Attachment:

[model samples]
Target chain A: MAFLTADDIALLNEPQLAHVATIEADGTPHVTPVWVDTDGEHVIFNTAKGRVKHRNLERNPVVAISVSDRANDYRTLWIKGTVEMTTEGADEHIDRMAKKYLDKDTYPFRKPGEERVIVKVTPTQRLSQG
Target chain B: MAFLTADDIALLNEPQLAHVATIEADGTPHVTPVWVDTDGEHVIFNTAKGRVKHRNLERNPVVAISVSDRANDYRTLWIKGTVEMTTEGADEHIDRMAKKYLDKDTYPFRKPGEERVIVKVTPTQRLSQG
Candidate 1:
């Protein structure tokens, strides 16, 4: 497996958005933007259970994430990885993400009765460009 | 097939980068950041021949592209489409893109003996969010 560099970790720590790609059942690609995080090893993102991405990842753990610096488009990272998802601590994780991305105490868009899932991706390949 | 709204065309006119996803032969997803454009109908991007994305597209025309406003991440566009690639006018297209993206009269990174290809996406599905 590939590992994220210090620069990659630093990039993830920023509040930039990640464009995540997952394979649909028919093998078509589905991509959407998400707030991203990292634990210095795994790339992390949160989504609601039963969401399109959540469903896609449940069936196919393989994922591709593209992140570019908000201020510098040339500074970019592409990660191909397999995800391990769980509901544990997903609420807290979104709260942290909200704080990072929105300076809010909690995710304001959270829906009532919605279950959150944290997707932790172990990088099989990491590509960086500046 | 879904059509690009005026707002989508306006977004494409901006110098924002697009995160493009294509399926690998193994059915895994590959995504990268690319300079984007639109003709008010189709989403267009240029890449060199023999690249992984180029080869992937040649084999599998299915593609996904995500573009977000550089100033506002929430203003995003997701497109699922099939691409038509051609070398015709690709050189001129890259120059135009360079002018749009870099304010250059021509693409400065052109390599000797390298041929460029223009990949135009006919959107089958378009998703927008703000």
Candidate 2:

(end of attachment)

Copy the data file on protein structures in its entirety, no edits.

[model samples]
Target chain A: MAFLTADDIALLNEPQLAHVATIEADGTPHVTPVWVDTDGEHVIFNTAKGRVKHRNLERNPVVAISVSDRANDYRTLWIKGTVEMTTEGADEHIDRMAKKYLDKDTYPFRKPGEERVIVKVTPTQRLSQG
Target chain B: MAFLTADDIALLNEPQLAHVATIEADGTPHVTPVWVDTDGEHVIFNTAKGRVKHRNLERNPVVAISVSDRANDYRTLWIKGTVEMTTEGADEHIDRMAKKYLDKDTYPFRKPGEERVIVKVTPTQRLSQG
Candidate 1:
């Protein structure tokens, strides 16, 4: 497996958005933007259970994430990885993400009765460009 | 097939980068950041021949592209489409893109003996969010 560099970790720590790609059942690609995080090893993102991405990842753990610096488009990272998802601590994780991305105490868009899932991706390949 | 709204065309006119996803032969997803454009109908991007994305597209025309406003991440566009690639006018297209993206009269990174290809996406599905 590939590992994220210090620069990659630093990039993830920023509040930039990640464009995540997952394979649909028919093998078509589905991509959407998400707030991203990292634990210095795994790339992390949160989504609601039963969401399109959540469903896609449940069936196919393989994922591709593209992140570019908000201020510098040339500074970019592409990660191909397999995800391990769980509901544990997903609420807290979104709260942290909200704080990072929105300076809010909690995710304001959270829906009532919605279950959150944290997707932790172990990088099989990491590509960086500046 | 879904059509690009005026707002989508306006977004494409901006110098924002697009995160493009294509399926690998193994059915895994590959995504990268690319300079984007639109003709008010189709989403267009240029890449060199023999690249992984180029080869992937040649084999599998299915593609996904995500573009977000550089100033506002929430203003995003997701497109699922099939691409038509051609070398015709690709050189001129890259120059135009360079002018749009870099304010250059021509693409400065052109390599000797390298041929460029223009990949135009006919959107089958378009998703927008703000």
Candidate 2: